As we wind down this semester, it appears that the initiatives launched by the Office of Educational Research, and supported by the strategic task force on research and the FPC Research Advisory Committee, have been a resounding success. All the Fien speakers were extremely well received, with standing room audiences at the main presentations and the small seminars. Departments have begun bringing in speakers on special topics related to their interests, and the audience for the faculty presentations at the alumni luncheon series continues to grow. Multiple searches are now drawing to a close, and we have recruited a dynamic group of new faculty who will be joining us in the fall to complement our existing faculty. Several of them have expressed strong interest in the “scholarship of engagement model” and one exciting development is that we are now approaching the point where several departments will have a critical mass of faculty who are intensely focused on incorporating tenets of this model into their research, teaching, and service. The SOE nominations committee also reported that they received 20 nominations for the five awards (PKY chooses its own recipient), a further indication this model is shaping many faculty members’ work.
Building a culture of research can only succeed in an environment where a culture of ideas exists to support it. The term, ‘blue sky,’ has always been a favorite expression of mine, since it suggests an infinite realm of possibilities that are limited only by people’s imagination, giving them the space to create programs and projects that do not yet exist, or to play with ideas even when they seem hopelessly impractical, crazy, or just plain foolish. Innovative businesses and organizations often fund ‘blue sky incubators’ just to remove people from the realm of their mundane daily experiences to get their creative juices flowing. One of the rules for participating in such an environment is that one can never say, “But we’ve always done it this way,” a guaranteed way to deaden enthusiasm almost immediately. Rather surprisingly, universities that one would think of as places where cutting edge research and ideas can emerge instead too often are so enmeshed in traditions that they cannot ‘break set’ and see the world differently.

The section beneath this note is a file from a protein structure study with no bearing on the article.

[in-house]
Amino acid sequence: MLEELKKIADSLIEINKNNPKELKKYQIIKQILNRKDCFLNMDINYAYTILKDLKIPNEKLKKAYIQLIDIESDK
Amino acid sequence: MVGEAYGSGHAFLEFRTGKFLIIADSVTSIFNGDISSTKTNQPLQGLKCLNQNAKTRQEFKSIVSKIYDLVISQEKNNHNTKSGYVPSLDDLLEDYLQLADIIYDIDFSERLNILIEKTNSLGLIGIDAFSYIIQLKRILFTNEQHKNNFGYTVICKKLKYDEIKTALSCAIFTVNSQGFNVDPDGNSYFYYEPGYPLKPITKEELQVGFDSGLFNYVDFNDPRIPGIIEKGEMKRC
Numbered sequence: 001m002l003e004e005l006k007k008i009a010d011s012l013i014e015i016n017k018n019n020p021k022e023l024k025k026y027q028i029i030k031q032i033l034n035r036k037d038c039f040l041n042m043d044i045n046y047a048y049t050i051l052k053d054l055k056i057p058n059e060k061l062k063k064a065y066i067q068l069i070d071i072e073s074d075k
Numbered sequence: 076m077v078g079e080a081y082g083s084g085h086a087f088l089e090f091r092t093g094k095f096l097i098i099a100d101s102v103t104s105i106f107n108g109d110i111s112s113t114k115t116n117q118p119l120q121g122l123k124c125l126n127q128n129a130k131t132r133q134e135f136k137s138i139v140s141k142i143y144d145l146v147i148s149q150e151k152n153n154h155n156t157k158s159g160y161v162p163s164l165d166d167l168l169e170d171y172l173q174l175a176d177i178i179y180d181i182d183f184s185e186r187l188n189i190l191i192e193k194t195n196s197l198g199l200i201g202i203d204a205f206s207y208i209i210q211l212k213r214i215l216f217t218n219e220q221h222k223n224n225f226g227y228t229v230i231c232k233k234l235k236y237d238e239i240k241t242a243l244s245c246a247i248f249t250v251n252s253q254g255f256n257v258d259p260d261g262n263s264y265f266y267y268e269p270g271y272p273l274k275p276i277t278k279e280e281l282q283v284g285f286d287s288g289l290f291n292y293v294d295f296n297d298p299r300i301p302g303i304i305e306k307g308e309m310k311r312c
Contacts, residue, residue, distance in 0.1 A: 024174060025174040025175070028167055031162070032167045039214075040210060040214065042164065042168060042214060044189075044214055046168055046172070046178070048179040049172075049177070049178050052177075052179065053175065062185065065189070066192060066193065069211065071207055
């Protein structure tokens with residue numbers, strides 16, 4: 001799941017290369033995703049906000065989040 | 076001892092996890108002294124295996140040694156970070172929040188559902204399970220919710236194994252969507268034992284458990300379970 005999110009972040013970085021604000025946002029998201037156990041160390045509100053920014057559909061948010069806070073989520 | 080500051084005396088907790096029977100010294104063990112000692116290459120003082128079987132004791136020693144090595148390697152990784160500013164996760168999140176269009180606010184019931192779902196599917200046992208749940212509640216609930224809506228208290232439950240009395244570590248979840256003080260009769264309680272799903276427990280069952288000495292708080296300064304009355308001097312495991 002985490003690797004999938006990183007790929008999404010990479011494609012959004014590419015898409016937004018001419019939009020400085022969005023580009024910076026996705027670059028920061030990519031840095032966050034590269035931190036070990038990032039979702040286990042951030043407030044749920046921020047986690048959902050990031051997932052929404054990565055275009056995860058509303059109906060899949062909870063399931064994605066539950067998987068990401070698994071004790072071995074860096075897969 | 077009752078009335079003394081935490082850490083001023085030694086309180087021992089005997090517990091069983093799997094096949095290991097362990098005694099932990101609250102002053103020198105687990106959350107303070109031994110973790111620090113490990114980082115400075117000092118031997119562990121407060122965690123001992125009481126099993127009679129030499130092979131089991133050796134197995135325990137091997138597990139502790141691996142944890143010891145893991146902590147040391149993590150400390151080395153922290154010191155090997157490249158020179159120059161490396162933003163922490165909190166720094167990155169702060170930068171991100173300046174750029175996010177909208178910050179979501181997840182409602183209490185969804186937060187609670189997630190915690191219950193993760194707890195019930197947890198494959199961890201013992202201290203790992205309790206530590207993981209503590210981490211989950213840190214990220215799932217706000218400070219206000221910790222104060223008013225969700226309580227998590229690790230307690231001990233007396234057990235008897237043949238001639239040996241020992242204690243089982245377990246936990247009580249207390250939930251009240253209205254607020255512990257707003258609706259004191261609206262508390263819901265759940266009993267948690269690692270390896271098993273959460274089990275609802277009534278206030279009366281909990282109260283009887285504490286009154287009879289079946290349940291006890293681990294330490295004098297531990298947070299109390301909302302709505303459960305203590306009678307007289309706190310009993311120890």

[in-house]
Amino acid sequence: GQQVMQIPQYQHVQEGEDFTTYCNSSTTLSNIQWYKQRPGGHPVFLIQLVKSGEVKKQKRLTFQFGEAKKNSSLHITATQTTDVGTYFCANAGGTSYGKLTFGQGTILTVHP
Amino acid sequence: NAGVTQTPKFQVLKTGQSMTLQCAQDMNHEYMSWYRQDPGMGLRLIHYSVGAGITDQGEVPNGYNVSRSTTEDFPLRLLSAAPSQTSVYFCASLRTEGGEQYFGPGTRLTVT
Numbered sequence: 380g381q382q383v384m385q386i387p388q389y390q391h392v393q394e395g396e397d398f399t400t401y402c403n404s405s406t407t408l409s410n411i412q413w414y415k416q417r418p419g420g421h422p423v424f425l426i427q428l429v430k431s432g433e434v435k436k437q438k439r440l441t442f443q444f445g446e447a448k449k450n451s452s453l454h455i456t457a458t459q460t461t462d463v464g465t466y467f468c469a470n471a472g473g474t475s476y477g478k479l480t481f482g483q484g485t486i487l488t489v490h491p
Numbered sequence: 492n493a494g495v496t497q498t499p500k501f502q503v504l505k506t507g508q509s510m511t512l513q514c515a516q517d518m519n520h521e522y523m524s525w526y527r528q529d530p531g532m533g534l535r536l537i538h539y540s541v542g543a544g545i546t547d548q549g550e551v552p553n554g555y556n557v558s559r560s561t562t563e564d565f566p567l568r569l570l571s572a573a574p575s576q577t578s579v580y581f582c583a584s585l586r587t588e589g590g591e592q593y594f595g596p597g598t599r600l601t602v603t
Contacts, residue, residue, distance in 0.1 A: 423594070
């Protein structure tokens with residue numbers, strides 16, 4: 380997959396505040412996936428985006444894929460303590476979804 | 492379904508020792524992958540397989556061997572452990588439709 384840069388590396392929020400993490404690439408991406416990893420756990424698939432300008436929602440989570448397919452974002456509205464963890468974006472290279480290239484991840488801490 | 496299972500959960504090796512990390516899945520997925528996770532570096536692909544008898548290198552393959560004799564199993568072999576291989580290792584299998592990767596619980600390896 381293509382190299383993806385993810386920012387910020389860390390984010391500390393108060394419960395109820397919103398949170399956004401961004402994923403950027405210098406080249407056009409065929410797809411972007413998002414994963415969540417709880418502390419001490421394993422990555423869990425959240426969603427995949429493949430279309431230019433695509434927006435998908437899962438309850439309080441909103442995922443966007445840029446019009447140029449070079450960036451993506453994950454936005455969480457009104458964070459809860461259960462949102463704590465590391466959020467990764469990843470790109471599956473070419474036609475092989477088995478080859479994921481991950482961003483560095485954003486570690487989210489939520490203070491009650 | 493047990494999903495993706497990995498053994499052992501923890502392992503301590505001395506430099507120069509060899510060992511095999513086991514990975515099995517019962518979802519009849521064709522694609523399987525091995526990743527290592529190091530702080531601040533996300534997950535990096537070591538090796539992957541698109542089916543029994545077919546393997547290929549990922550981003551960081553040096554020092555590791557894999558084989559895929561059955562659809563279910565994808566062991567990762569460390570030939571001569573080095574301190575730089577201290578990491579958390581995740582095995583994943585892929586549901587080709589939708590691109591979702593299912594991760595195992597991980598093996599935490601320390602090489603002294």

The factors that enable a culture of ideas to flourish are simple. First, people need to believe that if they present a new idea, it will not meet with immediate and/or difficult resistance. While it’s only natural to be anxious about rapid changes, especially if they seem beyond one’s control, being open and receptive to listening to new ideas is a necessary but not sufficient condition. Second, people need to know that support is available to bring ideas to fruition, either in the form of encouragement, or financial assistance. While I agree that funds for seed projects can be very beneficial, I have often found that some of the best ideas need minimal support in the initial stages, and if successful, often generate additional support at a later point in time. Third, people need to trust that if they present new ideas and even implement them, they will not be sanctioned if the ideas fail. Many people carry inside the child who was constantly told – ‘don’t do this, don’t do that’- until as adults they stopped trying to do anything new at all. The famed developmental psychologist, Jean Piaget, studied children’s mistakes because he found them to be better predictors of how children learned. As long as the consequences for making mistakes are not too severe, taking risks can have huge payoffs for moving an organization in new directions. Judging by the flurry of ideas for new projects and programs I hear about constantly across the College, it seems faculty and students are truly living up to our centennial slogan – Celebrating the past and educating for the future.
Even though our focus this year was on encouraging faculty and students to generate new ideas for research projects, our staff should know their ideas are welcomed as well for improving life within the college. I note that the annual staff luncheon has now been recast as the staff luau, which makes it a much more playful event. I look forward to seeing how Hawaiian ideas get translated into a Floridian context, and the ‘relaxed’ attire no doubt everyone will be wearing. As long as no one expects me to wear a grass skirt and dance the hula, the event should be great fun.